Friday, July 21, 2017

California Spring Extravaganza 5. Torrey Pines State Natural Preserve

A typical specimen of Pinus torreyana overlooks the Pacific
On bluffs overlooking the Pacific Ocean, in one of the most densely populated
Camissoniopsis bistorta is a member of the Evening Primrose
Family (Onagraceae), with brilliant yellow flowers.  A
species of Cryptantha occurs with it.
parts of California, is an extraordinary natural oasis, Torrey Pines Natural Preserve.  It is the home of the main surviving population of the very rare Pinus torreyana, and a fine example of California's coastal chaparral community. In the spring, it lights up with a wonderful display of wildflowers, a little less gaudy than Antelope Valley or Anza-Borrego, but nevertheless filled with gems.  Some are similar to what can be seen at Pt. Mugu and other places to the north, but many that we saw only in this more southerly location. I've done my best to identify these plants correctly, but as usual will welcome corrections from those of you more familiar with California's amazing and diverse flora.
Ephemeral masses of a Cryptantha, probably C. muricata, fill
in around a more permanent beavertail cactus.
The sea dahlia, Leptosyne maritima (Asteraceae),
blooms abundantly in April on slopes in
the preserve.
A closer view of Cryptantha muricata (Boraginaceae)..
A beautiful red form of Mimulus aurantiacus (placed by some in the genus
Diplacus), Family Phrymaceae, is common at Torrey Pines.
Dichelostemma capitata, first seen in
Antelope Valley, seems to be everywhere
in California.
Acmispon glaber is a member of the Legume Family, Fabaceae.

Salvia mellifera (Lamiaceae), or black sage,
 is a common member of the chaparral
community in California.

Another form of Acmispon glaber has its
flowers more spread out.

The tarweed, Hemizona fasciculata

Saturday, July 1, 2017

California Spring Extravaganza 4. Cacti and cactus wannabees

Natural cactus gardens are common in the rocky slopes of Anza-Borrego.
No plants are more symbolic of deserts than cacti, and so they deserve a post of their own.  The cactus family consists of some 1750 species, almost exclusively inhabitants of the new world, and amply represented in the California desert.  So successful is the leafless, succulent habit of these plants, that regions of the world where the cactus family has not spread, have evolved their own cactus look-a-likes, or "wannabees" (want-to-be's) in the American slang.  In Africa, both the Euphorbiaceae and the Asclepiadaceae have produced their own cactus-like plants in great variety (see South Africa.8. Succulent Paradise, and others in the series).  And then there are the leaf succulents, Kalanchoe plus Aloe and their relatives in Africa, Agave, Sedum, in the new world.

The Ocotillo bush, Fouquieria splendens,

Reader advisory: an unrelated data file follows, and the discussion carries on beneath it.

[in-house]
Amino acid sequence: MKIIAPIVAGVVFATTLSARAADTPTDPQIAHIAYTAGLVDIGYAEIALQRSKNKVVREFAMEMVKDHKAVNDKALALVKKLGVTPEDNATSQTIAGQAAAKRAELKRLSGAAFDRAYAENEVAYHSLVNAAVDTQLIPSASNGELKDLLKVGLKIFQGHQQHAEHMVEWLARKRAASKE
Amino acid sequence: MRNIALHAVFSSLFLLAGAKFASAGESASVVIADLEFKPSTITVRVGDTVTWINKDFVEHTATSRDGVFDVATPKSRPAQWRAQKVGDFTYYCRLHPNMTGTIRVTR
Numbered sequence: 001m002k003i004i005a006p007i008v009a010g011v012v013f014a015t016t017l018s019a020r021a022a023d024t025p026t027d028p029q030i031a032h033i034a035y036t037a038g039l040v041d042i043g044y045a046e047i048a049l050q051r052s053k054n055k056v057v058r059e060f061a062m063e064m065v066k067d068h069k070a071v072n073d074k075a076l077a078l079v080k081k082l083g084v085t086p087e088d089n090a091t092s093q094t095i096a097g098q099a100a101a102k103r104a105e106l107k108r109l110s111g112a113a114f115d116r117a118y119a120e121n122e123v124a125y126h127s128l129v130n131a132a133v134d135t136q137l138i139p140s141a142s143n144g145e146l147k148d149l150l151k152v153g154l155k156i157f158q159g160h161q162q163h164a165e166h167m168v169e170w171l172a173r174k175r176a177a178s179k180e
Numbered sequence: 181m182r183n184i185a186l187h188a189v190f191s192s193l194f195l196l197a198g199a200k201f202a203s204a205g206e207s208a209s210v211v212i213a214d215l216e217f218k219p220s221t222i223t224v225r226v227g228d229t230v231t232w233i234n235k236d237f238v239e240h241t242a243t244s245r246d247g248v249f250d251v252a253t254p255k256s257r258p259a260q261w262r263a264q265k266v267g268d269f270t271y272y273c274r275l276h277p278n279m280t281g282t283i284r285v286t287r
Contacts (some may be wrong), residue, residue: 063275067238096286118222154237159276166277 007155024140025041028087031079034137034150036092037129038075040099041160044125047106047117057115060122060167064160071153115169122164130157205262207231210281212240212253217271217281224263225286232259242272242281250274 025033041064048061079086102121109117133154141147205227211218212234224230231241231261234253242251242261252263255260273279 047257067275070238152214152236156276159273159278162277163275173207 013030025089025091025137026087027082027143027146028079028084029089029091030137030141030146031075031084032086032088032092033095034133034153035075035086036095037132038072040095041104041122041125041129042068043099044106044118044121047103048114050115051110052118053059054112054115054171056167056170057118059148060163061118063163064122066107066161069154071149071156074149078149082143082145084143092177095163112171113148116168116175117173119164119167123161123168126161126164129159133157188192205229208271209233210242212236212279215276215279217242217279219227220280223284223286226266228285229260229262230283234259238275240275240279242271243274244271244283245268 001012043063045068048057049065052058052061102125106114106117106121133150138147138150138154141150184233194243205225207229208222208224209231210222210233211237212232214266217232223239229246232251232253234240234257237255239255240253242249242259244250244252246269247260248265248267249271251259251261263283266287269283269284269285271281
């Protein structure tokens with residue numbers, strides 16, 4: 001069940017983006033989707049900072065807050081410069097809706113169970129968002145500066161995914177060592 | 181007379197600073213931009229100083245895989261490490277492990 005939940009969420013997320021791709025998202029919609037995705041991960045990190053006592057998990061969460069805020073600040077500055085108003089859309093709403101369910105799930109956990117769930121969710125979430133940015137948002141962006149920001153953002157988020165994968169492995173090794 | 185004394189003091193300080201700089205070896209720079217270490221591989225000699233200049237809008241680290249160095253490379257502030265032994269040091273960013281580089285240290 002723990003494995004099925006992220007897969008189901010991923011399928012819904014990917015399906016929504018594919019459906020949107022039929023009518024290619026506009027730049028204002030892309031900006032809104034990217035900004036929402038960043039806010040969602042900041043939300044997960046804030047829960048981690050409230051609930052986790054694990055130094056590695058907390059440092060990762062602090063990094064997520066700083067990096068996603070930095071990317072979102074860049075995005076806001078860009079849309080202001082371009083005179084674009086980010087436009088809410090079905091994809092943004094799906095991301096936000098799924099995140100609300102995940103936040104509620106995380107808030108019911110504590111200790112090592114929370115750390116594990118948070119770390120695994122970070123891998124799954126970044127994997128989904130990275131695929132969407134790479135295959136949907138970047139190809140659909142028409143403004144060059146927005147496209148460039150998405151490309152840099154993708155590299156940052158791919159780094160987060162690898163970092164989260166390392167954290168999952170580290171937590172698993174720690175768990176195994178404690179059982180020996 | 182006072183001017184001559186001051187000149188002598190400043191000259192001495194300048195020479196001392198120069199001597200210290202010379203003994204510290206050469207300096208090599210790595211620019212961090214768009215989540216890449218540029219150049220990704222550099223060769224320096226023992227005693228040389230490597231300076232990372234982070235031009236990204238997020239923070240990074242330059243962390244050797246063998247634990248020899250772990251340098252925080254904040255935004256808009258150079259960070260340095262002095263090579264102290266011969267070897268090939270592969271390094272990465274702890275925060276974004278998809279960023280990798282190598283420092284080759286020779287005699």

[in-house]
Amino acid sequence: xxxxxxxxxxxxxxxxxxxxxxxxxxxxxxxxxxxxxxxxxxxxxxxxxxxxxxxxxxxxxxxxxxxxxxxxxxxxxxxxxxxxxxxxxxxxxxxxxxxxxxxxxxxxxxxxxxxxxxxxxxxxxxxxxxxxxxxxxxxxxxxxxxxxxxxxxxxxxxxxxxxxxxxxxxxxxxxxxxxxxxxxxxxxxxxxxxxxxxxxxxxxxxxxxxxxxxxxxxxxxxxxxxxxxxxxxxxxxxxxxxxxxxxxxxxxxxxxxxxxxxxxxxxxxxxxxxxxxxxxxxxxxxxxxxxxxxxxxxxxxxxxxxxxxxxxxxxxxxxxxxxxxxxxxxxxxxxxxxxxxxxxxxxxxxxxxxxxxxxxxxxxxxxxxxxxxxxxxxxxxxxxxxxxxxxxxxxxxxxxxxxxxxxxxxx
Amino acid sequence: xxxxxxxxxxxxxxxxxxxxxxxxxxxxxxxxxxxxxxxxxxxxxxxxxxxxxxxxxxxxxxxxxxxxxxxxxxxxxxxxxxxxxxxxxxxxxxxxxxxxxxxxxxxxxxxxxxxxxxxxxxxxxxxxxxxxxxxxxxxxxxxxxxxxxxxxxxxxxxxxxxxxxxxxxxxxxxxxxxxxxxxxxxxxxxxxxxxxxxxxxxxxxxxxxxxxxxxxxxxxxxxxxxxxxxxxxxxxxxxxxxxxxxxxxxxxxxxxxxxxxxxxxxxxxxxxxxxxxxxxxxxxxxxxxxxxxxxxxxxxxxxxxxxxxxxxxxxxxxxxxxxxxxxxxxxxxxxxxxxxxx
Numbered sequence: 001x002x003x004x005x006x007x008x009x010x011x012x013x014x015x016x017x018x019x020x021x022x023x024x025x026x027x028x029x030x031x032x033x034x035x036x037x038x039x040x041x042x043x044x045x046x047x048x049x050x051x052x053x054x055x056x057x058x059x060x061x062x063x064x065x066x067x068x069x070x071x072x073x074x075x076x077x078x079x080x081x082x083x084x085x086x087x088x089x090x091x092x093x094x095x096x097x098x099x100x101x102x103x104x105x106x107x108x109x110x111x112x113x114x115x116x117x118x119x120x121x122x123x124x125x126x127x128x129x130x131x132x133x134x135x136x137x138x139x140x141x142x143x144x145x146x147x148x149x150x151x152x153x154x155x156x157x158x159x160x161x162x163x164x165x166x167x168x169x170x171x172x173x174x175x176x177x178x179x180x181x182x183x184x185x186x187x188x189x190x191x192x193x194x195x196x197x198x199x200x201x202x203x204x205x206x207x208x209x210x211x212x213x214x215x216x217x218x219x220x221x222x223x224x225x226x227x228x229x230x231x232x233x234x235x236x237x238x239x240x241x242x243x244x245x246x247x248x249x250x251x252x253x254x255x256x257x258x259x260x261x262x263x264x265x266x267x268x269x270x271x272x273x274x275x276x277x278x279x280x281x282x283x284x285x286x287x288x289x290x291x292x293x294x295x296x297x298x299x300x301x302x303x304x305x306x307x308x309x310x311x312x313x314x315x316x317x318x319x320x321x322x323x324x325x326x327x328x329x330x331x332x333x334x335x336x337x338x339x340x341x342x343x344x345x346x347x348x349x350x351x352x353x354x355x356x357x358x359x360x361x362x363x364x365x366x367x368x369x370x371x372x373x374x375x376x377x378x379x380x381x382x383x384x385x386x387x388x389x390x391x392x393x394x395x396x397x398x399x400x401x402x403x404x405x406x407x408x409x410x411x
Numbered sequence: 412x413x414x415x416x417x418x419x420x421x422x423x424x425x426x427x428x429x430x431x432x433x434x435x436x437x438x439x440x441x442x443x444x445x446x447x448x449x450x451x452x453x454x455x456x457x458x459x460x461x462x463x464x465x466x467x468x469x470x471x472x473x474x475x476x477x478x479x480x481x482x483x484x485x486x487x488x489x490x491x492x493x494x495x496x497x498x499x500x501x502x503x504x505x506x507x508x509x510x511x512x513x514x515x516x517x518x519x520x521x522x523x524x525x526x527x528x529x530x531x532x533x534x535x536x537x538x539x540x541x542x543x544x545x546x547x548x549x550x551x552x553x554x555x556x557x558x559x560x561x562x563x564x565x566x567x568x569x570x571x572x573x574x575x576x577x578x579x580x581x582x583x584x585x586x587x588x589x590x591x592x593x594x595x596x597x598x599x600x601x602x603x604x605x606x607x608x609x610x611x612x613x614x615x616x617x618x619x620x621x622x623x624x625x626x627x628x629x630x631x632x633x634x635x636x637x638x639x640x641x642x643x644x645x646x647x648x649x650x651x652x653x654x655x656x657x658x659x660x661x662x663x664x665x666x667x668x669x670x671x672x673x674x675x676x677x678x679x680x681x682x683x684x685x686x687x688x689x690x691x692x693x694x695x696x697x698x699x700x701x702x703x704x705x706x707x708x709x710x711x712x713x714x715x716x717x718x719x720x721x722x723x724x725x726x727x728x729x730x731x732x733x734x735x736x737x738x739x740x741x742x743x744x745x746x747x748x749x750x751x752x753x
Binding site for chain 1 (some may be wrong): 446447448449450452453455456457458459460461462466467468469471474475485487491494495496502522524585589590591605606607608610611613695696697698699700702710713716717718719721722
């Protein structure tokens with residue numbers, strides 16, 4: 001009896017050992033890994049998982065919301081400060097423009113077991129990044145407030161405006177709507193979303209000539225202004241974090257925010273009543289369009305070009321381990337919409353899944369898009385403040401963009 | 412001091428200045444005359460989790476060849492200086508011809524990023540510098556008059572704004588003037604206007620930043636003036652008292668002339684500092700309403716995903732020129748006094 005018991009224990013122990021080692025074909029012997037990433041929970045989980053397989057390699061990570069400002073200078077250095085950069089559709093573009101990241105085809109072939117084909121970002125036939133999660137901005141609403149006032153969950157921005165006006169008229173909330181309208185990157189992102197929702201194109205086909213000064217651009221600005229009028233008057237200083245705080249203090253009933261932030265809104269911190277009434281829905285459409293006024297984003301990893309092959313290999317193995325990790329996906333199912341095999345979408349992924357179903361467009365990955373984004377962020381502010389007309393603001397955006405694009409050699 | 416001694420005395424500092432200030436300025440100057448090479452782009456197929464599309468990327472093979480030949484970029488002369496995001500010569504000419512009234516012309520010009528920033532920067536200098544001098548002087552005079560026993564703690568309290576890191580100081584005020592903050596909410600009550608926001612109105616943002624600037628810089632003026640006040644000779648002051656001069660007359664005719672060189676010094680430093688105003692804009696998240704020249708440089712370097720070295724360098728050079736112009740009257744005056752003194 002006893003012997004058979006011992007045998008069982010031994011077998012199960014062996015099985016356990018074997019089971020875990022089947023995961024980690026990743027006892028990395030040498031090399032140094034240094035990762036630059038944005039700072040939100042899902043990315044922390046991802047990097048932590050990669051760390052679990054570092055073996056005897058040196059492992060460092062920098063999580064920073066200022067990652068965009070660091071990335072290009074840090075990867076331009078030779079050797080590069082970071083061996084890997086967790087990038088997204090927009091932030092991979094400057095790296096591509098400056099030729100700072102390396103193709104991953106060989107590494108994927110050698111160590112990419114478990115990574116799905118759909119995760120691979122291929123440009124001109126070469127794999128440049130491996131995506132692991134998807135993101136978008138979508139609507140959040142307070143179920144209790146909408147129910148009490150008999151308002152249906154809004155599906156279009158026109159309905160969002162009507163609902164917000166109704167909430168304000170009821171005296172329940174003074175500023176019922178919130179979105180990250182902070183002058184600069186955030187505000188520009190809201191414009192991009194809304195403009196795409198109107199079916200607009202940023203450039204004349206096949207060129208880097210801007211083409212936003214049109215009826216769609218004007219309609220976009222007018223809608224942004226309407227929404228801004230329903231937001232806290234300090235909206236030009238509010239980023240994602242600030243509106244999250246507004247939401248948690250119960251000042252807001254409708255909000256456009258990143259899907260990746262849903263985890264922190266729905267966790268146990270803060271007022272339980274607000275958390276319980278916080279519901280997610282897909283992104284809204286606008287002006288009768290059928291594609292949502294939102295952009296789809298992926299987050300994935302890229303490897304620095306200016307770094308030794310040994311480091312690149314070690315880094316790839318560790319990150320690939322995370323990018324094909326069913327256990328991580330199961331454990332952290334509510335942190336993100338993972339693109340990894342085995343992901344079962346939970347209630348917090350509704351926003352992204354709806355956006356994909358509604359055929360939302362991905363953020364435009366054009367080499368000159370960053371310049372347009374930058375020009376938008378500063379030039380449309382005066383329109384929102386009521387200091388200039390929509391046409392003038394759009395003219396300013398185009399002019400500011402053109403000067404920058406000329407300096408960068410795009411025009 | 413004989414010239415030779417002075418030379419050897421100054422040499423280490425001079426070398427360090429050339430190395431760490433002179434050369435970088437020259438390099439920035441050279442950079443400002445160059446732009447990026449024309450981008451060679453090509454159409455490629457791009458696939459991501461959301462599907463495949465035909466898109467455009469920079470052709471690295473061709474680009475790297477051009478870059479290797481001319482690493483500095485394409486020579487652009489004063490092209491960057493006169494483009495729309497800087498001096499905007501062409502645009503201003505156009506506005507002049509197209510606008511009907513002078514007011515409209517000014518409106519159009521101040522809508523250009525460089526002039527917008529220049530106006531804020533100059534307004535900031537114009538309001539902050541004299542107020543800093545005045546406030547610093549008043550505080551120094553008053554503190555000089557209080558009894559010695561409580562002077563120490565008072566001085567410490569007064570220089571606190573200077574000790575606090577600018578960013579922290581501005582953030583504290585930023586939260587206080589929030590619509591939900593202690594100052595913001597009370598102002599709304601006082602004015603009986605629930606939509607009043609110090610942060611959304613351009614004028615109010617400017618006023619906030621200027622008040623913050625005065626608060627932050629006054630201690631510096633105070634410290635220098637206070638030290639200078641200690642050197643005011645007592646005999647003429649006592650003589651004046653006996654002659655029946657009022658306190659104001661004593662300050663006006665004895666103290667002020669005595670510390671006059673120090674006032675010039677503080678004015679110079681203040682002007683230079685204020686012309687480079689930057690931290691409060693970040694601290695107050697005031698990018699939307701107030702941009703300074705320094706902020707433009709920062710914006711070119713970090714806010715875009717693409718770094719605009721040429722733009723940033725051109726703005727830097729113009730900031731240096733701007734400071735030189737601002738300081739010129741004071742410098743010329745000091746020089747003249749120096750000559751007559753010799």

superficially resembles a cactus.
In Anza-Borrego, a spectacular cactus mimic, ocotillo, is abundant. One can tell it is not a true cactus because after the rainy season its succulent stems are studded with small leaves, and the flowers are very different.  In the dry season, the leafless succulent stems could easily be mistaken for a thin-stemmed cactus.
In the rainy season, ocotillo sprouts small leaves.
Ocotillo flowers are produced in long racemes at the ends of the stems.

Ocotillo flowers are narrow-tubular, and pollinated by migrating hummingbirds that feed on their nectar.

The common beaver tail cactus in Anza-Borrego is
Opuntia basilaris.  A possible adaptive advantage
of the flattened stem segments is that the
noon-day sun strikes the surface obliquely.  This
may reduce the risk of overheating.
Like all cacti, the flowers of beaver tail cacti have
numerous petals and stamens.
Now for the real cacti.  Members of this family are leafless, except for some archaiec genera like Pereskia.  Actually, what were originally leaves in cactus ancestors were modified into spines, which occur in concentrated clusters along the stem,  Flowers in this family are large, with many petals and stamens, and an inferior (i.e. located below the petals and stamens) ovary with numerous seeds. So in flower, they are even more easily distinguished from their imitators. In Anza-Borrego several common growth forms are represented, including barrel cacti, cylindrical cacti, and beavertail cacti (having flattened, oval-shaped stem segments).

Mammillaria dioica is a small barrel cactus, and its stem is shaded by numerous long spines.

Cylindropuntia echinocarpa is one of the cylindrical cacti known as cholla.

Ferrocactus cylindraceus is another barrel cactus, here bedecked by a ring of flowers.
The flowers of Echinocereus engelmannii, a hedgehog cactus, resemble the beaver tail cactus that inhabits the same rocky slopes, but its stems are cylindrical. Photo by Gretchen Craig.

In this photo, the green stigmas of Echinocereus are seen in the center of the flower. Photo by Gretchen Craig.